Authorities seize more than $100 million in raids of downtown Los Angeles shops
The business are located in the city's bazaar-like fashion district
International drug cartels allegedly use a "trade-based money laundering" scheme
Couriers brought "duffel bags and suitcases full of cash to many businesses," feds say
Los Angeles is known as the nation’s capital of many things. Entertainment. Gangs. Even the creative capital of the world.
Add this: The City of Angels is now the nation’s “epicenter” for money laundering by international drug cartels.
Federal officials made such an announcement this week after they raided downtown businesses and seized an estimated $100 million in cash and from bank accounts around the world that were part of forfeiture actions in the ongoing probe.
Some of the laundered money included ransom payments to the Sinaloa drug cartel that allegedly kidnapped and tortured a U.S. citizen at a ranch in Mexico.
“Los Angeles has become the epicenter of narco-dollar money laundering with couriers regularly bringing duffel bags and suitcases full of cash to many businesses,” Assistant U.S. Attorney Robert E. Dugdale said.
California Attorney General Kamala Harris also was blunt.
“California is the gateway to the rest of the United States,” Harris said. “California is and always will be an attractive target for these kinds of activities because we have the largest population of any state in the United States. The seventh-largest economy in the world.”
Use of peso brokers
The cartels used a scheme known as “trade-based money laundering” or “black market peso exchange,” federal officials said.
On Wednesday, 1,000 law officers swept through a section of downtown Los Angeles known as the “fashion district,” which is known more for its dense bazaar-like maze of shops than for any catwalks or haute couture.
Authorities initially seized $65 million, but the figure grew Thursday to more than $100 million, said Thom Mrozek, a spokesman for federal prosecutors.
In the “Operation Fashion Police” raids, nine people were arrested in the investigation into laundering drug proceeds for cartels, authorities said. Three of the arrests were among seven individuals facing federal indictments for alleged conspiracy to launder money and other charges; the other three defendants are from a business in the Mexican state of Sinaloa and are being sought, authorities said.
The defendants’ attorneys couldn’t be reached for comment.
“We have targeted money-laundering activities in the fashion district based on a wealth of information that numerous businesses there are engaged in black market peso exchange schemes,” Dugdale said.
Kent Smith, executive director of the LA Fashion District, told the Los Angeles Times that 4,000 businesses generate billions in economic activity each year.
“It’s unfair to paint the rest of the legitimate businesses … with what a small number of businesses may be doing in terms of illegal activity,” Smith told the Times.
An $18 billion sector of downtown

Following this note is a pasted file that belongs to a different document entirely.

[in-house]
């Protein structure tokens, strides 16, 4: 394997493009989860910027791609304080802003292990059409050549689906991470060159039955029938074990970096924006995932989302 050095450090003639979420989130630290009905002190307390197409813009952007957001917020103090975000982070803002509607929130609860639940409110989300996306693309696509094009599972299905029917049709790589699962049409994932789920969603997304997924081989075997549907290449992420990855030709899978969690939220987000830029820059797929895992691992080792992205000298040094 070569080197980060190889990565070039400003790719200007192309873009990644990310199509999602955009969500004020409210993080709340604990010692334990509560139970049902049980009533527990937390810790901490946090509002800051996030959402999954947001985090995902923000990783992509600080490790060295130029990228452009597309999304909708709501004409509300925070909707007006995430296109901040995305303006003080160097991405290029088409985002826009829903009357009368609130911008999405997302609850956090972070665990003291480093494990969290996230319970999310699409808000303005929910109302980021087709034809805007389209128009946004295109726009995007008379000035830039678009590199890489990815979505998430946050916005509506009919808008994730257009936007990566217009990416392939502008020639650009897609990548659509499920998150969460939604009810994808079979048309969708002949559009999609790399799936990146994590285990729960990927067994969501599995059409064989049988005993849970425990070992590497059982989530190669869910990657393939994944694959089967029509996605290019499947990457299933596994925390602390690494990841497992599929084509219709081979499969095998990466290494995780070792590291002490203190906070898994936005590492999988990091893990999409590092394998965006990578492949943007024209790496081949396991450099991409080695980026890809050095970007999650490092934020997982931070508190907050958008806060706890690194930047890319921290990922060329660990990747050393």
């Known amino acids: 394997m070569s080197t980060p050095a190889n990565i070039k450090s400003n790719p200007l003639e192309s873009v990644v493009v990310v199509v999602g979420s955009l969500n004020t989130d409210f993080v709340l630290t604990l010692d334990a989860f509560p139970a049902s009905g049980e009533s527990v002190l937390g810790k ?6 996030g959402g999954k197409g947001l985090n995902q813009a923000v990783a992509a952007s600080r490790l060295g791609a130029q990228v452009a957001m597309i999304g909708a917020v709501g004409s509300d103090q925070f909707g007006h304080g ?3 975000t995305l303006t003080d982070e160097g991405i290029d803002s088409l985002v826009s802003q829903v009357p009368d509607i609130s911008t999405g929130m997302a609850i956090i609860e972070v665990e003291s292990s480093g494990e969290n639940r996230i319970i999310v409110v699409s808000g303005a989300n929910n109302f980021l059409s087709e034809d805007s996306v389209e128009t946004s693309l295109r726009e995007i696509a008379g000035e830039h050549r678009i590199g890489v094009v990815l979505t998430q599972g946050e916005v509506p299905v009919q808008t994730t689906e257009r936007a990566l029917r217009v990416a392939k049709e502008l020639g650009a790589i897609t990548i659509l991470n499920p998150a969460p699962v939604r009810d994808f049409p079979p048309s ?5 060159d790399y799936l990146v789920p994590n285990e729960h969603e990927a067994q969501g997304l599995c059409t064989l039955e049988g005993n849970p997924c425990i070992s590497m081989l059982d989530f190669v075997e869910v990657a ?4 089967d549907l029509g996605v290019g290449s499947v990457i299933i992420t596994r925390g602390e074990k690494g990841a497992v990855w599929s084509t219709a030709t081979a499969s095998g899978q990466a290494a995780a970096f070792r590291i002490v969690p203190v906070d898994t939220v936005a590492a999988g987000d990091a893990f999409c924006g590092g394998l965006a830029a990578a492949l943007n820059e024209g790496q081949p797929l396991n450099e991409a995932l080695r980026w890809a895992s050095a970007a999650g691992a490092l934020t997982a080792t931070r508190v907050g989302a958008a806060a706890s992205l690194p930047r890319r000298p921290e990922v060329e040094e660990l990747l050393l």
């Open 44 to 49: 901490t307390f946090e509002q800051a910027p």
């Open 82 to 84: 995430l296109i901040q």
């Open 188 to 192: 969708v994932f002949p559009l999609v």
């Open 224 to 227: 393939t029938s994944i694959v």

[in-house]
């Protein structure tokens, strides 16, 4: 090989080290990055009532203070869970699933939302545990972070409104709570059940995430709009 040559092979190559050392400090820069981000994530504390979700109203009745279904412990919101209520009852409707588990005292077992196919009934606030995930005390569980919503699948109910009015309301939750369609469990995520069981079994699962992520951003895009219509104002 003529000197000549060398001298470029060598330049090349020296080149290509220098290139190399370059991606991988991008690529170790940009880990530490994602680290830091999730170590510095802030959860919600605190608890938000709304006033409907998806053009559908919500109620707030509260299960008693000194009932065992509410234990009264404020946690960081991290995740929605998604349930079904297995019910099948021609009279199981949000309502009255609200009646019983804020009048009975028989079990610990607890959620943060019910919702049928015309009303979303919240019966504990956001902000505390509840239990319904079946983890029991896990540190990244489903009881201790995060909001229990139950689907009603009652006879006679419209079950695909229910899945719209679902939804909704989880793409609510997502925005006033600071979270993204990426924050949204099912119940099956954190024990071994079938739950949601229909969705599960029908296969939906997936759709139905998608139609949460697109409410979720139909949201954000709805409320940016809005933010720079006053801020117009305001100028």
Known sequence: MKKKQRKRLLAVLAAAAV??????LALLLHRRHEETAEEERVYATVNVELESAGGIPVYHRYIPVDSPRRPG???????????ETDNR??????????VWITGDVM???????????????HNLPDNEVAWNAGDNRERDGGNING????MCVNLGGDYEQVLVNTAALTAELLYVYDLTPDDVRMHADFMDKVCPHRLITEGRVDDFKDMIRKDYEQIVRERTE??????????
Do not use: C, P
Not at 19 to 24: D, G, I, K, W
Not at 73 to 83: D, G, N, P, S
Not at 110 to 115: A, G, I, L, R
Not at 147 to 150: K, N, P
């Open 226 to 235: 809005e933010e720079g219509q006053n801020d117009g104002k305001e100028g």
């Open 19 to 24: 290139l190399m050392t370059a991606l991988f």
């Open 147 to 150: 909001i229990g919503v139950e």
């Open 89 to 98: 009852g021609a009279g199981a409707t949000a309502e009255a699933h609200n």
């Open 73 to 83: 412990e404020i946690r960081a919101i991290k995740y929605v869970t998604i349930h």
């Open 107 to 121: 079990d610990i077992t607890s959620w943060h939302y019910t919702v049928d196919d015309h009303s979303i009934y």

Authorities also say the “vast majority” of L.A.’s $18 billion garment district is legitimate and operates lawfully. But the federal crackdown clearly “portend(s) a profoundly troubling trend,” said Claude Arnold, special agent in charge of U.S. Immigration and Customs Enforcement’s Homeland Security Investigations unit in Los Angeles.
“The scope of this current case and its potential long-term impact are truly unprecedented,” Arnold said.
A major tipoff to the illegal activity came when the Sinaloa drug cartel used a fashion district firm as a conduit to launder and accept ransom for the release of a U.S. drug dealer who was kidnapped and tortured by narco thugs.
“The victim was held captive at a ranch in Sinaloa, where he was beaten, shot, electrocuted and water-boarded. The hostage was released after relatives paid $140,000 in ransom” through the fashion district business, authorities said in a statement.
The raids capped a two-year investigation, and Attorney General Harris called “transnational gangs” like those behind money laundering “the number one threat to California’s public safety.”
How it worked
Under the scheme, a peso broker would work with a U.S.-based drug dealer or another conspirator who needs to send dollars to Mexico or another country, authorities said.
To do so, the broker would find businesses in Mexico that buy goods from U.S.-based firms such as those in the Los Angeles’ fashion district. The Mexican merchants would send dollars to the Los Angeles fashion district stores, authorities said.
In return, the fashion shops sent goods to the Mexico businesses, which then sold the products and gave the proceeds in pesos to the broker and eventually the cartels, authorities said.
Cartels allegedly use the scheme to avoid “the risk of smuggling bulk amounts of U.S. currency across the Mexican border and without having to convert and wire the U.S. currency through established financial institutions, which not only carries transaction fees, but also a threat their illegal activity will be detected,” prosecutors said in a statement.
“It also gives them a presence in the United States they otherwise wouldn’t have, indeed a presence in our business industry,” Dugdale said.
Also, in June 2010, Mexico announced anti-money laundering regulations “that restrict the amount of physical cash denominated in U.S. dollars that Mexican banks may receive,” a grand jury indictment said.